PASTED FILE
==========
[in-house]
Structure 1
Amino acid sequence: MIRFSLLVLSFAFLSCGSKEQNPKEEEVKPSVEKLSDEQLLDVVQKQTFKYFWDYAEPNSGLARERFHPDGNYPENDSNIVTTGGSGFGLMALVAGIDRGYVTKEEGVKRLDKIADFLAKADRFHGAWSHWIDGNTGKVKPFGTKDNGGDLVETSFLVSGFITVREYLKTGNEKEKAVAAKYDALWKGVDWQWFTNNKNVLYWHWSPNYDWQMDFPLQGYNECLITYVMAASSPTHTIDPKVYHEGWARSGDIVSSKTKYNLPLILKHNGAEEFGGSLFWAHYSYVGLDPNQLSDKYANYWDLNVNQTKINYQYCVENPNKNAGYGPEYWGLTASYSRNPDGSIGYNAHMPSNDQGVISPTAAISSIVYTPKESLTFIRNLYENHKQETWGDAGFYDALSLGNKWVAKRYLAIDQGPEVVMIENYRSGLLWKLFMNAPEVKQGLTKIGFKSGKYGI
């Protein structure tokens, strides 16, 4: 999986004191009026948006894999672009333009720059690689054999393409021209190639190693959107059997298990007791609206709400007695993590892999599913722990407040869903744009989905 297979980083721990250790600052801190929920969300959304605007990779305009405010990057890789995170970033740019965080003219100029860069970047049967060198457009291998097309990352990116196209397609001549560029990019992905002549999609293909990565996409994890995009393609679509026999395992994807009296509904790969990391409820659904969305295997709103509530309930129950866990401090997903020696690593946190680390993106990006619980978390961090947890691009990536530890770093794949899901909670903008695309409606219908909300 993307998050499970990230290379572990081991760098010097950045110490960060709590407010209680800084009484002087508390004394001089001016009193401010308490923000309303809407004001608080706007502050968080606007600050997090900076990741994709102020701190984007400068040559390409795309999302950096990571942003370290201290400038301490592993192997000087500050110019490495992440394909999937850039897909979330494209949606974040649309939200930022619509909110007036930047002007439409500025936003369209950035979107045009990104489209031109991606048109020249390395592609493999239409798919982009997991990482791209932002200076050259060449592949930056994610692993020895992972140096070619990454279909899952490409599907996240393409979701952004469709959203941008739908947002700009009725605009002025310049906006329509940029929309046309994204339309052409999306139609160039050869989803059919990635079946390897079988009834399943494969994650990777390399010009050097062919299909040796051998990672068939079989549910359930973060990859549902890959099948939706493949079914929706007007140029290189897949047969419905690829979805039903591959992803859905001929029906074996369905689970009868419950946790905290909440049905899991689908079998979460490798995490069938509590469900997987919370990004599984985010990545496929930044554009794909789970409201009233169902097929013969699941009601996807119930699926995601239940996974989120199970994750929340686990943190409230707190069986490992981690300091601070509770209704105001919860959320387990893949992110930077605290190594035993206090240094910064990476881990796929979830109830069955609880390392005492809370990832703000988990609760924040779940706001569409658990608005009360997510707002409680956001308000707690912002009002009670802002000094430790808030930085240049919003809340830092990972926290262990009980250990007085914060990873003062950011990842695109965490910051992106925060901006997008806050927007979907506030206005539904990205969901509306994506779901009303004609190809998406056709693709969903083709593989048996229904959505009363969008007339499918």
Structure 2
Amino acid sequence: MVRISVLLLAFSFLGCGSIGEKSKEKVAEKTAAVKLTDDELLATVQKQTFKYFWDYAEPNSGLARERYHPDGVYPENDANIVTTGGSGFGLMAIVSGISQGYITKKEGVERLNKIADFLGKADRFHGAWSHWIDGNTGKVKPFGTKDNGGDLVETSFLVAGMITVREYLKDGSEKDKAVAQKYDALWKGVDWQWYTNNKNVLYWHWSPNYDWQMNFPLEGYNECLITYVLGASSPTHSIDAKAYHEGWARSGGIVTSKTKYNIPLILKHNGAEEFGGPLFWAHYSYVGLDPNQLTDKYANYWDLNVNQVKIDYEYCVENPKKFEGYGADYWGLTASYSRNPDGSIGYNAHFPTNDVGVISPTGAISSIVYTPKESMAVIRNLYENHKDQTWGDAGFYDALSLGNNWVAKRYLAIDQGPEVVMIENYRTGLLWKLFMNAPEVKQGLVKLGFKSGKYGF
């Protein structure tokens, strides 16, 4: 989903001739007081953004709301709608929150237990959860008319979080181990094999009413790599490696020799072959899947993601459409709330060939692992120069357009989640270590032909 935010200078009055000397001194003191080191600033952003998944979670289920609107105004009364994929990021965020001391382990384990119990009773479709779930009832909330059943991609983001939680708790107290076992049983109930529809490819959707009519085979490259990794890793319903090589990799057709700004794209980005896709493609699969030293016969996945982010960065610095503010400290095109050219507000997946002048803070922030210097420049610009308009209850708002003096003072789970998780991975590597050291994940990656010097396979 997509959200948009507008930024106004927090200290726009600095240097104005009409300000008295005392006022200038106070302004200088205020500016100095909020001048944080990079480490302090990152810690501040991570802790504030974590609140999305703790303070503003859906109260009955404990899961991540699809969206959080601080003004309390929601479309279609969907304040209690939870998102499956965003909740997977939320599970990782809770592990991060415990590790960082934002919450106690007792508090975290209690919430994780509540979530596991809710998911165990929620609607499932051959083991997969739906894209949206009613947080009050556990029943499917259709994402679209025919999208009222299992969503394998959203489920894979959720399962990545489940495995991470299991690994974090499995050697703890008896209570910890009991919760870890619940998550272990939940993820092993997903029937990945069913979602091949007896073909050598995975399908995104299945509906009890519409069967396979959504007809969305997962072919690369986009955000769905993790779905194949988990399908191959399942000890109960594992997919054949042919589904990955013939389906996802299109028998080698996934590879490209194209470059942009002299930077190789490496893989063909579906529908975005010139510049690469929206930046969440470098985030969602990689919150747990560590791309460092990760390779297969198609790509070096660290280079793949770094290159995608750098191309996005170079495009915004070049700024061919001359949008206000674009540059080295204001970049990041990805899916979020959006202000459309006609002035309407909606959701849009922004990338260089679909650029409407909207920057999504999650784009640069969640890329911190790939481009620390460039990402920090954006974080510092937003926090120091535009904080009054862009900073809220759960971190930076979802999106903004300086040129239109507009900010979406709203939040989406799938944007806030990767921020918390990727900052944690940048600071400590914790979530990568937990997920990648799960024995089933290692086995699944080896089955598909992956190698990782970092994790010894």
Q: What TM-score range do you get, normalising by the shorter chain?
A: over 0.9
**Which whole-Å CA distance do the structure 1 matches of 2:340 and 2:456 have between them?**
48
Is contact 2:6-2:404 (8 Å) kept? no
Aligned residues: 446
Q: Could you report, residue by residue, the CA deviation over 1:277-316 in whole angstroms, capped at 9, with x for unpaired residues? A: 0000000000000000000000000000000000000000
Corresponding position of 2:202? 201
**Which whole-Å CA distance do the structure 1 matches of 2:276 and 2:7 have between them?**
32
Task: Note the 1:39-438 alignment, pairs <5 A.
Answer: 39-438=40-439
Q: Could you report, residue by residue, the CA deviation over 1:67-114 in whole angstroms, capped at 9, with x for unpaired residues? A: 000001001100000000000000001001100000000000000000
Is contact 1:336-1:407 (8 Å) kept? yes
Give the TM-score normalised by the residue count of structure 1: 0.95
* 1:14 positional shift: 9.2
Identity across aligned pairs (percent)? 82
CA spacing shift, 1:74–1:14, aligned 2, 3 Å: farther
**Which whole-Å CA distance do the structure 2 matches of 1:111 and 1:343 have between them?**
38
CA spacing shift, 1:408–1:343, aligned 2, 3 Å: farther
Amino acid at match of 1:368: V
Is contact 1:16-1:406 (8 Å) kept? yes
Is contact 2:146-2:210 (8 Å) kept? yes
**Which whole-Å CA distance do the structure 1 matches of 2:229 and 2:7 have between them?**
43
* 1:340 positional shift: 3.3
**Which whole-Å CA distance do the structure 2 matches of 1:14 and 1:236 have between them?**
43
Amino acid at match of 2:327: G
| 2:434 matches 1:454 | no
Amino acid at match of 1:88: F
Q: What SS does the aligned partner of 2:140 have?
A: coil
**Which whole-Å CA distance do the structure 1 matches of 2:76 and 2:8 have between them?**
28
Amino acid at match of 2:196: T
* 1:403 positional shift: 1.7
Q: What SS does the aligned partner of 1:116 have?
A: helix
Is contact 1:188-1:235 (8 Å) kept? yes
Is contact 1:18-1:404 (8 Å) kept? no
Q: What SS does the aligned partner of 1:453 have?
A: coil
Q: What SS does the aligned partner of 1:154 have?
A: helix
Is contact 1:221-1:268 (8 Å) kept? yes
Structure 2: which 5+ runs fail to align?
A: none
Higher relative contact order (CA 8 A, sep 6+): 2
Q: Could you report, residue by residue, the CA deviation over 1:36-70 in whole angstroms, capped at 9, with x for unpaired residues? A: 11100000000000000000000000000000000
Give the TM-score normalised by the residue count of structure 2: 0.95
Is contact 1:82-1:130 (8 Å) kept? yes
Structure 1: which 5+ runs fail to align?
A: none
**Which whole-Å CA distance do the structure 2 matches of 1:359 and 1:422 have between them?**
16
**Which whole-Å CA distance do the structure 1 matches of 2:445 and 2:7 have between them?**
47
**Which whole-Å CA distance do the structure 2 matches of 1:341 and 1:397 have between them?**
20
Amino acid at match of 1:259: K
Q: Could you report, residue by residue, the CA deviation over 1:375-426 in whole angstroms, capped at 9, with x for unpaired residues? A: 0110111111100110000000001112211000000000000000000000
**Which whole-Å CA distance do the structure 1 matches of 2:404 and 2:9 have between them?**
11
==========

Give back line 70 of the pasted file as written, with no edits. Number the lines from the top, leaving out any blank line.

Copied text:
Q: Could you report, residue by residue, the CA deviation over 1:375-426 in whole angstroms, capped at 9, with x for unpaired residues? A: 0110111111100110000000001112211000000000000000000000